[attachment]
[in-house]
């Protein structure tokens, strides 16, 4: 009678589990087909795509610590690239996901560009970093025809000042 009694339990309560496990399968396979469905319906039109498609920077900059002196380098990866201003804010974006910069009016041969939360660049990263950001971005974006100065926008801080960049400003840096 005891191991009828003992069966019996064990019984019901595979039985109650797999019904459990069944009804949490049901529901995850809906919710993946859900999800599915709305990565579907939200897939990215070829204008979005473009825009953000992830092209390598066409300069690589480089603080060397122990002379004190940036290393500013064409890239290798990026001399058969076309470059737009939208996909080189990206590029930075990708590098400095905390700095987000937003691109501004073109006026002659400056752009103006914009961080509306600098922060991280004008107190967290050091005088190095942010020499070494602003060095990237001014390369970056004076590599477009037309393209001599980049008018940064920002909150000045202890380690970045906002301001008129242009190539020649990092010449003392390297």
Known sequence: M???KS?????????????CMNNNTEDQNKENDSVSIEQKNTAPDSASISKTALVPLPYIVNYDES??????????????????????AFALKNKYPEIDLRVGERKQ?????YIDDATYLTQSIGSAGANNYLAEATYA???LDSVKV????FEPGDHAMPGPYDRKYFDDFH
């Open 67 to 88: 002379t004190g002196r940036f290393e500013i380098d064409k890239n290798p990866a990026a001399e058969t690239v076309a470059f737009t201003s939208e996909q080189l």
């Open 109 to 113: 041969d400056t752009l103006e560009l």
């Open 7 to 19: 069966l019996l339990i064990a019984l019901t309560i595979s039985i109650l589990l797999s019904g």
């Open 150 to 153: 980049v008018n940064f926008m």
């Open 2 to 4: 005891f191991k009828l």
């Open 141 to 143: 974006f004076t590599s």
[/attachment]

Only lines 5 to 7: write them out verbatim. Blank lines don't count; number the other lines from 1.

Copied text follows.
């Open 109 to 113: 041969d400056t752009l103006e560009l």
């Open 7 to 19: 069966l019996l339990i064990a019984l019901t309560i595979s039985i109650l589990l797999s019904g």
């Open 150 to 153: 980049v008018n940064f926008m």